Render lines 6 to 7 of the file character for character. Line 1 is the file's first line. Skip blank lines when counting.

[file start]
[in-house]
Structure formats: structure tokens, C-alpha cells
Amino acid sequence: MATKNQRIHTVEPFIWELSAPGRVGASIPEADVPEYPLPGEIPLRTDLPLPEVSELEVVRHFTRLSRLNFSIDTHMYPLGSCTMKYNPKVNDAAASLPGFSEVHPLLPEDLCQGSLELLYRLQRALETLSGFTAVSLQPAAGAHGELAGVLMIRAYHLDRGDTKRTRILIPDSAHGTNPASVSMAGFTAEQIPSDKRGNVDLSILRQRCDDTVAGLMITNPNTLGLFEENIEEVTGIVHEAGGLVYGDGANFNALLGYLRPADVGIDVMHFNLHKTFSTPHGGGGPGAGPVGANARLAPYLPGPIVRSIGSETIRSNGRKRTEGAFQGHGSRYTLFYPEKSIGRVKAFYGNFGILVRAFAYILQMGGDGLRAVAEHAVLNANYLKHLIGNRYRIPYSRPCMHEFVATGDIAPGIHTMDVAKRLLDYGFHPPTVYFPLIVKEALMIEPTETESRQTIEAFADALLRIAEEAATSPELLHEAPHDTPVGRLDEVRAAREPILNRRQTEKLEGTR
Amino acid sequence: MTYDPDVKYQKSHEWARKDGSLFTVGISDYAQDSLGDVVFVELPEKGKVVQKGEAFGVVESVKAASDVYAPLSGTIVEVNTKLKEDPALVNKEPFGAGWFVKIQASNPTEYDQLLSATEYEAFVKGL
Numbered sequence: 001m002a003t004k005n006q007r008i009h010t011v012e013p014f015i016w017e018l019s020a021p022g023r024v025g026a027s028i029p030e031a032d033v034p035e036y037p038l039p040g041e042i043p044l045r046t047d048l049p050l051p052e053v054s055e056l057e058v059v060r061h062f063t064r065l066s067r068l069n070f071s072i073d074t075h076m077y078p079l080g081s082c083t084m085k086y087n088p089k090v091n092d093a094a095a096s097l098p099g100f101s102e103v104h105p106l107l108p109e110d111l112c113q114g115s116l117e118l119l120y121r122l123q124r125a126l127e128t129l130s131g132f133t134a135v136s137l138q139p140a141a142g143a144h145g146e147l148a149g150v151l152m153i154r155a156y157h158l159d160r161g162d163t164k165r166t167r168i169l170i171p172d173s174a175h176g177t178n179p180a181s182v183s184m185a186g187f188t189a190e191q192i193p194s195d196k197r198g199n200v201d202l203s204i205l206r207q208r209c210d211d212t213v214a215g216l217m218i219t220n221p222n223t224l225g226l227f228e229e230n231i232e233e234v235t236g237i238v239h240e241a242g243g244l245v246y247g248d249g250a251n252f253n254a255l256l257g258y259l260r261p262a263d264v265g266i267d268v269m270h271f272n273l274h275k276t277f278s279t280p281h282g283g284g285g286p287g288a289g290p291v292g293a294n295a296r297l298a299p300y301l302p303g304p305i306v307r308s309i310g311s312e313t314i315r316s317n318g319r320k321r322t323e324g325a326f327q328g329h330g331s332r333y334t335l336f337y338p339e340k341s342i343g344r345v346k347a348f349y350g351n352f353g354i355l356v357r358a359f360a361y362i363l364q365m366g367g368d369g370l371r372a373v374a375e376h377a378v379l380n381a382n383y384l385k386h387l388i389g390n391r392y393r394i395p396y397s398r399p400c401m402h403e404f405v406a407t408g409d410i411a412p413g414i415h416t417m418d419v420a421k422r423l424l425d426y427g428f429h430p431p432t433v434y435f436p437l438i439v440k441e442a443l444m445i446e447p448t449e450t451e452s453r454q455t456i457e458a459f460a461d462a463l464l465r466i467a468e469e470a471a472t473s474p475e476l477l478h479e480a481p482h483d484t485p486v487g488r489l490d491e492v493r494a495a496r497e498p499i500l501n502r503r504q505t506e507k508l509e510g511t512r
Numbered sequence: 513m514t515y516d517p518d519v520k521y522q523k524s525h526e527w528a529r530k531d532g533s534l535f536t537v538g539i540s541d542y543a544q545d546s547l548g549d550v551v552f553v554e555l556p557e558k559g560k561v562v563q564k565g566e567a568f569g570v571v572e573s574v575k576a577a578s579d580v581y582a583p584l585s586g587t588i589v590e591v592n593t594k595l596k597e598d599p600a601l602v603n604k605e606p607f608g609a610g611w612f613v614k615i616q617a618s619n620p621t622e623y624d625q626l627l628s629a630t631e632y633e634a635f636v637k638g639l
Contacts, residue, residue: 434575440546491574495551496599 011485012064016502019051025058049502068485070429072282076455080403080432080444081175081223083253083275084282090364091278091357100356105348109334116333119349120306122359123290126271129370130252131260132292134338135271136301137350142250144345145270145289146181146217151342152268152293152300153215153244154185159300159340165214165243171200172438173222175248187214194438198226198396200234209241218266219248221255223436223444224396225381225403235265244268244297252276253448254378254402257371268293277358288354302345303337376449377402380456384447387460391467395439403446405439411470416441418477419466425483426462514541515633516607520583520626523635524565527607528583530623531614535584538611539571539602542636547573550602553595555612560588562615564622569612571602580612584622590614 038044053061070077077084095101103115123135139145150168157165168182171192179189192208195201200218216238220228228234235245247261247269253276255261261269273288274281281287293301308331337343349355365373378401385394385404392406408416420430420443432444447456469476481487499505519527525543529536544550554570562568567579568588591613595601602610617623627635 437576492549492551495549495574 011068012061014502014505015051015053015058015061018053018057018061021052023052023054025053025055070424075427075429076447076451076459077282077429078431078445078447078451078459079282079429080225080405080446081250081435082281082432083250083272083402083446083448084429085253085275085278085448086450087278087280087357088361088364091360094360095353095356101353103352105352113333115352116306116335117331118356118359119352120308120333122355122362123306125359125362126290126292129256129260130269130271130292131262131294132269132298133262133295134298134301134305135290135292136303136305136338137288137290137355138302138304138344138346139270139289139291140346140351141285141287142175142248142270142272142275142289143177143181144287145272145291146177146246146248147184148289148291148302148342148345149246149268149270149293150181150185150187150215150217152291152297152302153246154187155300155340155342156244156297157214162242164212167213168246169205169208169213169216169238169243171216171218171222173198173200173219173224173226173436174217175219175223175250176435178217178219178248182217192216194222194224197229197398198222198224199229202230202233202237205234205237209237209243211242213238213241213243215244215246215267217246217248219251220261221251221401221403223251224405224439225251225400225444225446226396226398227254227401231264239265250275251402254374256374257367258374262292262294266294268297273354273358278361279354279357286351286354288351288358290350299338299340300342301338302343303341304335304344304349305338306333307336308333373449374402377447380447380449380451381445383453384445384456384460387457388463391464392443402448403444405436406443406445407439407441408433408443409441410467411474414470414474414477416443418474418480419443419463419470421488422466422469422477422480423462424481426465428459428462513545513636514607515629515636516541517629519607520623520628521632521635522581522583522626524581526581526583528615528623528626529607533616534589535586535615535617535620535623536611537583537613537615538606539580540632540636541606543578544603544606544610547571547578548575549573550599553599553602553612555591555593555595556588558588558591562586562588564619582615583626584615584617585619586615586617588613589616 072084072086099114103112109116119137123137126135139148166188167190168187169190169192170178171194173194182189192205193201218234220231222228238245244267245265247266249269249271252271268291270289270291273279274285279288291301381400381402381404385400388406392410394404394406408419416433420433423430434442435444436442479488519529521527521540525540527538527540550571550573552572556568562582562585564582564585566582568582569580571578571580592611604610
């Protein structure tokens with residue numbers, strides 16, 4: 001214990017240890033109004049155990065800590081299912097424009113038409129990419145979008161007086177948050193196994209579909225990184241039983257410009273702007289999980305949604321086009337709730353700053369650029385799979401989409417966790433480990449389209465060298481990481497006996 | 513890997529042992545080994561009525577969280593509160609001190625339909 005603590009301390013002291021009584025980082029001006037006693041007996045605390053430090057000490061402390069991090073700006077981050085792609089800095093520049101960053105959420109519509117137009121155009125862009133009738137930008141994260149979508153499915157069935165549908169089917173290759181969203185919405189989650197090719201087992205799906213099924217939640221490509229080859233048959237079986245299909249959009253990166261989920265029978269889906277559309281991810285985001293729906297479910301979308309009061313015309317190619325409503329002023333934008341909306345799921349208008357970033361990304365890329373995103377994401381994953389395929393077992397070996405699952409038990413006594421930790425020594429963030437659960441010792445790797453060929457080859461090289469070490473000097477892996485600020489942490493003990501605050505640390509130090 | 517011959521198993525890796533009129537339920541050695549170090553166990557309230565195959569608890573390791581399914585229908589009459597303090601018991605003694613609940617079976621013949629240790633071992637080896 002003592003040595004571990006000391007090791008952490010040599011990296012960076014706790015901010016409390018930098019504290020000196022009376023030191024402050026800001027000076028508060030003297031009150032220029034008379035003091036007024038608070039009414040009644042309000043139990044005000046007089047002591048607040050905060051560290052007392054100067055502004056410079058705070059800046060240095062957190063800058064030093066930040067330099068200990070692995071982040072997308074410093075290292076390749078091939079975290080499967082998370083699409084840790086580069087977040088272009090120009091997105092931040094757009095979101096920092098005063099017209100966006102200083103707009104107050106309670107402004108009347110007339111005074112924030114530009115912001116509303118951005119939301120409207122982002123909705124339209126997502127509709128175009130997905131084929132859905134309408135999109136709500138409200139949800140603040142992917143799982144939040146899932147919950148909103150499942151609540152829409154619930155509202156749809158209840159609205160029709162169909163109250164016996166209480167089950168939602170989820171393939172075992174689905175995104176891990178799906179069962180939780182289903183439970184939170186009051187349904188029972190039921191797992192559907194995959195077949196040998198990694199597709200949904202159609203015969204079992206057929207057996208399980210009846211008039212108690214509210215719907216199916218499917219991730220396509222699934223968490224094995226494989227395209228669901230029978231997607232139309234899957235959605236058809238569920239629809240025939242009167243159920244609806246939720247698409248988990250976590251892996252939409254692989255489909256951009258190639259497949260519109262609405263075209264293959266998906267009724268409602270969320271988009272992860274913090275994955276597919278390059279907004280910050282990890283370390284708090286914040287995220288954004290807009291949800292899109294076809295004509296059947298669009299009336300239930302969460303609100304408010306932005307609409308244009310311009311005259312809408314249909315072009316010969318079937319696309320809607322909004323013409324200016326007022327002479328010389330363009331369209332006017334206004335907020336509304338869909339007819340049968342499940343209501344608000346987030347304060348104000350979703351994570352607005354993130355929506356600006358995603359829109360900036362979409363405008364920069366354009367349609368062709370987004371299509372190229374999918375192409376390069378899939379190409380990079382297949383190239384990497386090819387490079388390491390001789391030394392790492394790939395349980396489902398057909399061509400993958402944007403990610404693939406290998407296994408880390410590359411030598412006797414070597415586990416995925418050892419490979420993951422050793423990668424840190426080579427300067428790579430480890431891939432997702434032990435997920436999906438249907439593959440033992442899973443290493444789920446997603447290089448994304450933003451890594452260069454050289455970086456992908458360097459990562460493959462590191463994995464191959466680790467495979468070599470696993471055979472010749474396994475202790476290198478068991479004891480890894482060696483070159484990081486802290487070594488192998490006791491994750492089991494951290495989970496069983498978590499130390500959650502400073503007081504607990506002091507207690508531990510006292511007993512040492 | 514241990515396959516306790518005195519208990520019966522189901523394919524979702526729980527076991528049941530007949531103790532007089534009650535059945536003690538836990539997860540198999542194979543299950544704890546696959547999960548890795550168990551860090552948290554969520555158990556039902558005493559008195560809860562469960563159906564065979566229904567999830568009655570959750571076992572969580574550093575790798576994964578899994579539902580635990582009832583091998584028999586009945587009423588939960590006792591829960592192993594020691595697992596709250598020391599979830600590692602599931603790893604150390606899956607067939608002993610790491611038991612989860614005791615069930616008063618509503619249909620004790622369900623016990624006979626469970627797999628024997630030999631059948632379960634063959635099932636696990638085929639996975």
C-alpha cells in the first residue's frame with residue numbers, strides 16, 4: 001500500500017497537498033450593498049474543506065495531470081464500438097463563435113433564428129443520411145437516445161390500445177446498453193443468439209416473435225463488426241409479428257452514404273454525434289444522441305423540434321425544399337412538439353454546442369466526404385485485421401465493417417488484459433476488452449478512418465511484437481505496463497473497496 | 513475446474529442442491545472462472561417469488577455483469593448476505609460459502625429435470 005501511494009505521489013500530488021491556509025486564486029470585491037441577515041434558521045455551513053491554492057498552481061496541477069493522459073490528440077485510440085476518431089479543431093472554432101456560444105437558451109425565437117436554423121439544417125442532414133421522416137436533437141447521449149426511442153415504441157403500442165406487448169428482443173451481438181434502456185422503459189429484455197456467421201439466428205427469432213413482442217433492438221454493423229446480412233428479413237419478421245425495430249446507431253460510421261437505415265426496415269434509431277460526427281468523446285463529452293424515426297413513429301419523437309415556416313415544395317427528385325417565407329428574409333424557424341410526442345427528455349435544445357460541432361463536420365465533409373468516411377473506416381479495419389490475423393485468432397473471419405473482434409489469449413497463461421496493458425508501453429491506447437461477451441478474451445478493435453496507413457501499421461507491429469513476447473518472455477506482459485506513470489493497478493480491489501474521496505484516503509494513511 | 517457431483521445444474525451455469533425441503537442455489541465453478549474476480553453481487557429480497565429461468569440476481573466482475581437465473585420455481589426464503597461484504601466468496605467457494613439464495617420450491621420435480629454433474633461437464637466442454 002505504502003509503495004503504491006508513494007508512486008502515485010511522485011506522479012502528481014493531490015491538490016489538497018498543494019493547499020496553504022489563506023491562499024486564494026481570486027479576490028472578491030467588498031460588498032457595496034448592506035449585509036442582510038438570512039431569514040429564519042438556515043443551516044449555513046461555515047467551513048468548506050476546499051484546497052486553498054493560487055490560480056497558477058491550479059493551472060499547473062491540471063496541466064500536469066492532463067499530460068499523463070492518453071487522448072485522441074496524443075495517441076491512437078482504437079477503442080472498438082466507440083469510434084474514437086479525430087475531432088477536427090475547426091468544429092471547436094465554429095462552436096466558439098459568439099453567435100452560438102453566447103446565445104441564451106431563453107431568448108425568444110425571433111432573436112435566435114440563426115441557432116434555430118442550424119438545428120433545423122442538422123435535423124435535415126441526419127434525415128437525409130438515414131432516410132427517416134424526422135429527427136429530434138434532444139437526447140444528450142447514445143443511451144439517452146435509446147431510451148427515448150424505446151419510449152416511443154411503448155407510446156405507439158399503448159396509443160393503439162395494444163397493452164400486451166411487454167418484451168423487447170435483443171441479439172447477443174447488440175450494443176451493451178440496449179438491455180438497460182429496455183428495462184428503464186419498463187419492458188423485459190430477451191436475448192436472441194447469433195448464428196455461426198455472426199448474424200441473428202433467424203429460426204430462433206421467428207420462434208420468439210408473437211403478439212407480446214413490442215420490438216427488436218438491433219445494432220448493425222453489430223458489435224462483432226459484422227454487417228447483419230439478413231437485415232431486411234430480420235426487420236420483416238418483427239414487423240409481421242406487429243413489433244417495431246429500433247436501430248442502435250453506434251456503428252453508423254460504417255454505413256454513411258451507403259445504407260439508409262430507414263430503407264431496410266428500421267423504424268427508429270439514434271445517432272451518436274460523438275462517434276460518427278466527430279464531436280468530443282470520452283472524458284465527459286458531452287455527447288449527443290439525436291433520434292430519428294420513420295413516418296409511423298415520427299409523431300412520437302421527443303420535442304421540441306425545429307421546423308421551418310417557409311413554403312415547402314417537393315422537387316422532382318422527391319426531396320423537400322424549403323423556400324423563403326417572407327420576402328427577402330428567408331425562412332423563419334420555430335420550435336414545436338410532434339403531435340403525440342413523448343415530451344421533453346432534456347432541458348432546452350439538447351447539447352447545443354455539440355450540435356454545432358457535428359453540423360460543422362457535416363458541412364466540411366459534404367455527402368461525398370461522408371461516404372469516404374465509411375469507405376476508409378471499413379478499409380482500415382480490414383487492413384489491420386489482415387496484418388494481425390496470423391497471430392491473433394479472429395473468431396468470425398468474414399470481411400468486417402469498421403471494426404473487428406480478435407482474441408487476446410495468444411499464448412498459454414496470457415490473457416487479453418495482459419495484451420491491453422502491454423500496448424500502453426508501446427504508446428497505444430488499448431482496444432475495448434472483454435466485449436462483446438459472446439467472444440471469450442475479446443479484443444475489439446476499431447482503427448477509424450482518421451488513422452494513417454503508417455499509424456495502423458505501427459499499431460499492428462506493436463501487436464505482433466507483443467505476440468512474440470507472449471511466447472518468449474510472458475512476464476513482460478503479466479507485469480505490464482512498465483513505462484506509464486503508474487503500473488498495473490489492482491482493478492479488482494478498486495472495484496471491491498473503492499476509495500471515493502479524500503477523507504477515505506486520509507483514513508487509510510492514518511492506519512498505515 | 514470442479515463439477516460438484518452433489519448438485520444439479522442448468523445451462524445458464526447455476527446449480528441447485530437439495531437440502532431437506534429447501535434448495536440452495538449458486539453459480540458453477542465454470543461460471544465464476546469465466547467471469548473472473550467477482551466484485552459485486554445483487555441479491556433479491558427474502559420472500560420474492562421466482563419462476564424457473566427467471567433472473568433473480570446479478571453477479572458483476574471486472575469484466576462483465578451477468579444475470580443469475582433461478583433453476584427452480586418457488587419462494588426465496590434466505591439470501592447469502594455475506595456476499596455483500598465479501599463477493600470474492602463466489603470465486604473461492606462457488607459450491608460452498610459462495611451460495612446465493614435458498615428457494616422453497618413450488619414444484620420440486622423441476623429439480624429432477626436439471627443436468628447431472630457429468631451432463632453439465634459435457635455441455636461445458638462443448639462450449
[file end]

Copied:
Numbered sequence: 513m514t515y516d517p518d519v520k521y522q523k524s525h526e527w528a529r530k531d532g533s534l535f536t537v538g539i540s541d542y543a544q545d546s547l548g549d550v551v552f553v554e555l556p557e558k559g560k561v562v563q564k565g566e567a568f569g570v571v572e573s574v575k576a577a578s579d580v581y582a583p584l585s586g587t588i589v590e591v592n593t594k595l596k597e598d599p600a601l602v603n604k605e606p607f608g609a610g611w612f613v614k615i616q617a618s619n620p621t622e623y624d625q626l627l628s629a630t631e632y633e634a635f636v637k638g639l
Contacts, residue, residue: 434575440546491574495551496599 011485012064016502019051025058049502068485070429072282076455080403080432080444081175081223083253083275084282090364091278091357100356105348109334116333119349120306122359123290126271129370130252131260132292134338135271136301137350142250144345145270145289146181146217151342152268152293152300153215153244154185159300159340165214165243171200172438173222175248187214194438198226198396200234209241218266219248221255223436223444224396225381225403235265244268244297252276253448254378254402257371268293277358288354302345303337376449377402380456384447387460391467395439403446405439411470416441418477419466425483426462514541515633516607520583520626523635524565527607528583530623531614535584538611539571539602542636547573550602553595555612560588562615564622569612571602580612584622590614 038044053061070077077084095101103115123135139145150168157165168182171192179189192208195201200218216238220228228234235245247261247269253276255261261269273288274281281287293301308331337343349355365373378401385394385404392406408416420430420443432444447456469476481487499505519527525543529536544550554570562568567579568588591613595601602610617623627635 437576492549492551495549495574 011068012061014502014505015051015053015058015061018053018057018061021052023052023054025053025055070424075427075429076447076451076459077282077429078431078445078447078451078459079282079429080225080405080446081250081435082281082432083250083272083402083446083448084429085253085275085278085448086450087278087280087357088361088364091360094360095353095356101353103352105352113333115352116306116335117331118356118359119352120308120333122355122362123306125359125362126290126292129256129260130269130271130292131262131294132269132298133262133295134298134301134305135290135292136303136305136338137288137290137355138302138304138344138346139270139289139291140346140351141285141287142175142248142270142272142275142289143177143181144287145272145291146177146246146248147184148289148291148302148342148345149246149268149270149293150181150185150187150215150217152291152297152302153246154187155300155340155342156244156297157214162242164212167213168246169205169208169213169216169238169243171216171218171222173198173200173219173224173226173436174217175219175223175250176435178217178219178248182217192216194222194224197229197398198222198224199229202230202233202237205234205237209237209243211242213238213241213243215244215246215267217246217248219251220261221251221401221403223251224405224439225251225400225444225446226396226398227254227401231264239265250275251402254374256374257367258374262292262294266294268297273354273358278361279354279357286351286354288351288358290350299338299340300342301338302343303341304335304344304349305338306333307336308333373449374402377447380447380449380451381445383453384445384456384460387457388463391464392443402448403444405436406443406445407439407441408433408443409441410467411474414470414474414477416443418474418480419443419463419470421488422466422469422477422480423462424481426465428459428462513545513636514607515629515636516541517629519607520623520628521632521635522581522583522626524581526581526583528615528623528626529607533616534589535586535615535617535620535623536611537583537613537615538606539580540632540636541606543578544603544606544610547571547578548575549573550599553599553602553612555591555593555595556588558588558591562586562588564619582615583626584615584617585619586615586617588613589616 072084072086099114103112109116119137123137126135139148166188167190168187169190169192170178171194173194182189192205193201218234220231222228238245244267245265247266249269249271252271268291270289270291273279274285279288291301381400381402381404385400388406392410394404394406408419416433420433423430434442435444436442479488519529521527521540525540527538527540550571550573552572556568562582562585564582564585566582568582569580571578571580592611604610